Composition of Microfilm and Microfiche

All microforms are composite objects consisting primarily of a base, an emulsion and a binder that adheres the emulsion to the base. The chemical properties of the base and emulsion contribute to the longevity and quality of the film.

Types of Film Base

Cellulose Nitrate. Cellulose nitrate was the first stock used in film production. It was used commonly for motion picture film, government records, and studio photographic film applications. Nitrate stock was used less commonly for commercial microform production. Use of nitrate film was discontinued because it was highly flammable, even pyrophoric, and was prone to rapid deterioration when housed in improper storage environments. In the 1950s new, safer film stocks like cellulose acetate and cellulose triacetate were developed to replace cellulose-nitrate stock.

Acetate. Acetate film stocks were used during the heyday of large commercial microfilming projects from the 1950s through the mid-1980s. Acetate film, if properly prepared and properly stored, has a life expectancy (LE) of one hundred years. Acetate film stock can deteriorate rapidly in the presence of fluctuating temperature and humidity, particularly high temperature and humidity. The chemistry of the film breaks down and yields acetic acid which produces the noticeable aroma of vinegar, hence the name vinegar syndrome. At the point that the smell of vinegar is even faintly detectable, the rate of deterioration precipitously increases.

Vinegar syndrome results in the shrinking of the acetate base and the cockling and distortion of the emulsion which renders the films unusable. Storage of acetate films in cold or cool storage is the only way to diminish the rate of deterioration and is obviously not a practical solution for collections in a public service area. Institutions, however, which possess master negative collections comprising acetate films should make every attempt to store them in the proper environment to ensure their preservation. Another unfortunate feature of acetate films is that they tear easily and are easily torn during use on readers. The Image Permanence Institute’s IPI Storage Guide for Acetate Film and the ANSI/AIIM MS23 1998—Standard Recommended Practice—Production, Inspection, and Quality Assurance of First-Generation Silver Microforms of Documents provides the best advice about proper storage of acetate films.1 The American National Standards Institute (ANSI) establishes methods and practices that produce a consistent result. The Association of Image and Information Management (AIIM) identifies best practices for the consistent results for imaging technologies. Together, ANSI and AIIM work with curators, librarians, engineers, chemists, administrators, and other vested parties to produce standards that are rigorously vetted, accepted, and periodically revised.

Polyester. Polyester film stock is used almost exclusively today for microform production. Polyester is very chemically stable and physically durable. It is very tear-resistant. Libraries, archives, and micropublishers adopted polyester films in the 1980s. Polyester films have a life expectancy of five hundred years (500-LE) if properly prepared and stored. Once again, if an institution possesses a first-generation master negative collection, every effort should be made to store the negatives in the proper environment. And if the institution holds both master negatives and print masters of identical content, each generation should be stored in a different location in a climate-controlled environment to hedge against catastrophic disaster. The ANSI/AIIM MS23 1998 standard provides the best advice about proper storage of polyester films.2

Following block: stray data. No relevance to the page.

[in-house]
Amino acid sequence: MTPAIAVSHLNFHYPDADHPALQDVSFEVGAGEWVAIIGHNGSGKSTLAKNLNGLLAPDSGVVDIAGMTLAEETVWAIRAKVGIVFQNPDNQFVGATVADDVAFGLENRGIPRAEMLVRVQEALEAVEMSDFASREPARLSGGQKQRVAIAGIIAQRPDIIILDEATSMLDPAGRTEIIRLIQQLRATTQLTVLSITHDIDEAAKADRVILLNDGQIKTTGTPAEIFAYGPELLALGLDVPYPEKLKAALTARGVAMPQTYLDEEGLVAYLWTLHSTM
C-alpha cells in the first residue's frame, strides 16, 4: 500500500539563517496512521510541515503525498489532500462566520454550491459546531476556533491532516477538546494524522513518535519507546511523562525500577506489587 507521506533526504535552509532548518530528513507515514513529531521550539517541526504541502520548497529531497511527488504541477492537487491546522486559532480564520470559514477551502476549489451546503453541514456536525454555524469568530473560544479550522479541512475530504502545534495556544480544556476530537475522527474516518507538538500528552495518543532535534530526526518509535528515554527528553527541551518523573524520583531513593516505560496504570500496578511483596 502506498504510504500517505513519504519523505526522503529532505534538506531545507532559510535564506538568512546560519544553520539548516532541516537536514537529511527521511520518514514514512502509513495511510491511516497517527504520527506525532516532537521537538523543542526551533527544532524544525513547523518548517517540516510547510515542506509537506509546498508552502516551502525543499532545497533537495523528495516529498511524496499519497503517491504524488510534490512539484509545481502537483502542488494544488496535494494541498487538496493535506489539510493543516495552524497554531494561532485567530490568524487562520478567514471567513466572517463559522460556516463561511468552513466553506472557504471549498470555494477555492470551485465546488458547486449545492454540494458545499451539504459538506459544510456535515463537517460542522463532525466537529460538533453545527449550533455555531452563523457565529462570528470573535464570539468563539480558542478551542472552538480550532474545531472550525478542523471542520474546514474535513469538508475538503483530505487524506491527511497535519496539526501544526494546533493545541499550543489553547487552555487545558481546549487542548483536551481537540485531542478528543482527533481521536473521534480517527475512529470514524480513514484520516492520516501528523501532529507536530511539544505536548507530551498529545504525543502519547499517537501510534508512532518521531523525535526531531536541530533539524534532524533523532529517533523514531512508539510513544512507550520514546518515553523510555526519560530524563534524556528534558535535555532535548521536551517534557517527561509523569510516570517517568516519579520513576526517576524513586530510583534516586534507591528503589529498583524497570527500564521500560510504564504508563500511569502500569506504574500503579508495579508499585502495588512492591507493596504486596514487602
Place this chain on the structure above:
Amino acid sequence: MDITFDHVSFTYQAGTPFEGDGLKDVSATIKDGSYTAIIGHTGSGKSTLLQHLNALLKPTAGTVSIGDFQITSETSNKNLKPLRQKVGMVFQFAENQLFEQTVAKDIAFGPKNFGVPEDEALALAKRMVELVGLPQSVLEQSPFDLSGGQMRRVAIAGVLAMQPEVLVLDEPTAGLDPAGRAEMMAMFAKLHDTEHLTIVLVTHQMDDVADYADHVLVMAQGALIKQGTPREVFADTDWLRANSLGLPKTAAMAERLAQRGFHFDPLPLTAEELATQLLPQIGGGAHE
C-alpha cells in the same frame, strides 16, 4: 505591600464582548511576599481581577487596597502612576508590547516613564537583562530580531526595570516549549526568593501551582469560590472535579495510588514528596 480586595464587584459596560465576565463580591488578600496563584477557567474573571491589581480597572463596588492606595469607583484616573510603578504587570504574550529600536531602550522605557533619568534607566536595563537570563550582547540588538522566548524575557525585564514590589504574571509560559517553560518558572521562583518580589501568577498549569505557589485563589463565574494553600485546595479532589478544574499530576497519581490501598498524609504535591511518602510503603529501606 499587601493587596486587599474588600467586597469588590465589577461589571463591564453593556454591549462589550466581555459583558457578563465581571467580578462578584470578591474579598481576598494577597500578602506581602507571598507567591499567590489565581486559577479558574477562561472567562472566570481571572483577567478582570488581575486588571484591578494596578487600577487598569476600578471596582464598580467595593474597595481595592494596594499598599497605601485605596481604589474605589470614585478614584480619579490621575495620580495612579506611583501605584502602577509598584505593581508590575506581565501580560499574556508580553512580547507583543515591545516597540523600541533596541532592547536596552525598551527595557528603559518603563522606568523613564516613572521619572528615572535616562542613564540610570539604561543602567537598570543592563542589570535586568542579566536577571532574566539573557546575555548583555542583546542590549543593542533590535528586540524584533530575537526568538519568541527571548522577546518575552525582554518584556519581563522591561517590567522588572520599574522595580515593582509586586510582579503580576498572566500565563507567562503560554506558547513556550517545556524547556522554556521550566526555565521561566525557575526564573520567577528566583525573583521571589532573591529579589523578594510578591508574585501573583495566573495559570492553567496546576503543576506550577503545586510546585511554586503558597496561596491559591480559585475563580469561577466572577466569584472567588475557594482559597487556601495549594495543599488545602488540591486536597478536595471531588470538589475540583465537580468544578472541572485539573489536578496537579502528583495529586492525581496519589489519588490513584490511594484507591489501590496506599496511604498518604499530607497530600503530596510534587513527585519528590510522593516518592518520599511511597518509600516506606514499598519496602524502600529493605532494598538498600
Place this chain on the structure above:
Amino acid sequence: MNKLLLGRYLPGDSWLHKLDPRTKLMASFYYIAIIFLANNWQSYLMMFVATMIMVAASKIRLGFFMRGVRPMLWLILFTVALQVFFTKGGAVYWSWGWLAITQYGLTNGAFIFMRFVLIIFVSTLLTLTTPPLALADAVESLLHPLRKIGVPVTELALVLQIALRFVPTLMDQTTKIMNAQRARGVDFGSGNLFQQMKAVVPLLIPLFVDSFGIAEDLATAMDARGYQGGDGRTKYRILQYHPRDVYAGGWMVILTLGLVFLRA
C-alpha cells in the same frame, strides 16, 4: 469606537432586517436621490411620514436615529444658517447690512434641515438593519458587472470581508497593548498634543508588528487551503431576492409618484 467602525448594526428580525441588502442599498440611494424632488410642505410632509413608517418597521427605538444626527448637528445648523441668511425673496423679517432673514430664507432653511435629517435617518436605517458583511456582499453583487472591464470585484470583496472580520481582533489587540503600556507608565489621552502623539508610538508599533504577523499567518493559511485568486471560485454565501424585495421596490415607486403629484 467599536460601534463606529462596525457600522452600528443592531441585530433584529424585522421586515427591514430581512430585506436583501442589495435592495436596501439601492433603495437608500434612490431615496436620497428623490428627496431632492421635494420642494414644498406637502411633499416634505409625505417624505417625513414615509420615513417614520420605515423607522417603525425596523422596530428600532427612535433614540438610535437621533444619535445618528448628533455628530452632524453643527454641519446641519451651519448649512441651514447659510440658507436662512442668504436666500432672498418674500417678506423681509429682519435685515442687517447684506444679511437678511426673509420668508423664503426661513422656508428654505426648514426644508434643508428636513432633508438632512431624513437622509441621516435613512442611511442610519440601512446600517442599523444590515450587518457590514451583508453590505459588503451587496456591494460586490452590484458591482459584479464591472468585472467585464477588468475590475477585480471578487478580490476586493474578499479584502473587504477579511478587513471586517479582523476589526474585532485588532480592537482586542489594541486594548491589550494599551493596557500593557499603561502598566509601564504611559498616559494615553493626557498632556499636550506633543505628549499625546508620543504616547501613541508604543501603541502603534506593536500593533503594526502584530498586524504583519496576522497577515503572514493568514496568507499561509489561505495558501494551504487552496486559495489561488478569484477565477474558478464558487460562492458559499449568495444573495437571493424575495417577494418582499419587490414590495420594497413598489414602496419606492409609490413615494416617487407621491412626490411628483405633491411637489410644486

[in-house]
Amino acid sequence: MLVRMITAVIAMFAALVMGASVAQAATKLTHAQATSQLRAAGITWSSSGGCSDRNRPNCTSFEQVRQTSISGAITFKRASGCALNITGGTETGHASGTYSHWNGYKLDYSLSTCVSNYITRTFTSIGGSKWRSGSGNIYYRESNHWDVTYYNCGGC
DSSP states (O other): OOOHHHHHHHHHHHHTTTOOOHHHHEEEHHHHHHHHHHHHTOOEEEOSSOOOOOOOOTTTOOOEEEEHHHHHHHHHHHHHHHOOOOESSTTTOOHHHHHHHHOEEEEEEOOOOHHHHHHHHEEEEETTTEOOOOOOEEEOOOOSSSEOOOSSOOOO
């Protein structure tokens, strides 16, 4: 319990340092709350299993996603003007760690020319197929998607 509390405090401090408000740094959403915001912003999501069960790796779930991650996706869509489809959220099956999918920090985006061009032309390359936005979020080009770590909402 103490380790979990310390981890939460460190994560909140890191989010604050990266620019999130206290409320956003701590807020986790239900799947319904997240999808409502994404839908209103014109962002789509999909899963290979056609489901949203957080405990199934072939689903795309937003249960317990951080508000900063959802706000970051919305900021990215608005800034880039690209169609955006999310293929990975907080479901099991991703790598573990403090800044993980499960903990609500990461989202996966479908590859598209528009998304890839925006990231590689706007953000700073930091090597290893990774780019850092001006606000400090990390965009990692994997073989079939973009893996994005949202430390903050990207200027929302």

The Difference between Acetate and Polyester. If a tiny sliver of film can be torn off, the film is acetate. Polyester is extremely strong and is very unlikely to tear. Tearing film is a destructive test, so consider employing other tests to help identify the base. If acetate film has started to deteriorate, the characteristic vinegar odor may be present. Old acetate fiche and films might have a cupped or curled appearance that develops as the acetate base shrinks. Polyester film wound on open-flange reels (reels that show the wound film) will pipe light through the wound pack. Hold the open-flange reel of polyester film up to a light source. Gray-white light pipes through the very translucent film. When acetate reels are held up to light, very little light pipes through, and the film appears dark and brown-yellow in color. Long-term microfilm managers, sound recording professionals, and other people who rely on their sense of hearing can identify roll film base by the sound it makes when a long strip (about two feet) is shaken. Acetate has a deep, dull sound, and polyester has a thin, tingly sound.

Types of Film Emulsions

Although there are many types of film, three are most commonly offered to libraries by micropublishers and suppliers.

Silver Halide. Silver halide is a specific type of silver gelatin film composed of very finely divided grains of silver. Silver halide is the most light-sensitive of all the films used in microforms, hence it can record the greatest amount of detail and provides the richest tonal variance. It provides the most faithful reproduction of the source document. ANSI and AIIM have established standards for the production, processing, and storage of this film as an archival medium. If properly prepared and properly stored, silver halide polyester microforms have a 500-LE.